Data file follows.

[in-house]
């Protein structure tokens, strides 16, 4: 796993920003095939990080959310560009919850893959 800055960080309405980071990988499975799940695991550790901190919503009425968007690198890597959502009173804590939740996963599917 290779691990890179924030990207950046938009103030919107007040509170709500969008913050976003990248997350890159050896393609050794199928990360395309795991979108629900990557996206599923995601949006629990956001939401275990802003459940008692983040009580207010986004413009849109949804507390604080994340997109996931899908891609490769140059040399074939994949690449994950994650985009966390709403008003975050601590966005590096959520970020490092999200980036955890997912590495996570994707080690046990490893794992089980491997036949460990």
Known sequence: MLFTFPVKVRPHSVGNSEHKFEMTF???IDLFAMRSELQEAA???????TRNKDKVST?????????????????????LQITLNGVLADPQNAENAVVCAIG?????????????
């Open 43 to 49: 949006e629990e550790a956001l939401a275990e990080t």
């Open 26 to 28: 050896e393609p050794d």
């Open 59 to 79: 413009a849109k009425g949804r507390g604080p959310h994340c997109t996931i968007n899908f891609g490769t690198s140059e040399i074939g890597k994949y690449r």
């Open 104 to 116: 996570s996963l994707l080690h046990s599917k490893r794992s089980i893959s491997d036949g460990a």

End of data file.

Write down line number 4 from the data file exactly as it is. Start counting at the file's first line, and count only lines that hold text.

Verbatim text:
């Open 43 to 49: 949006e629990e550790a956001l939401a275990e990080t």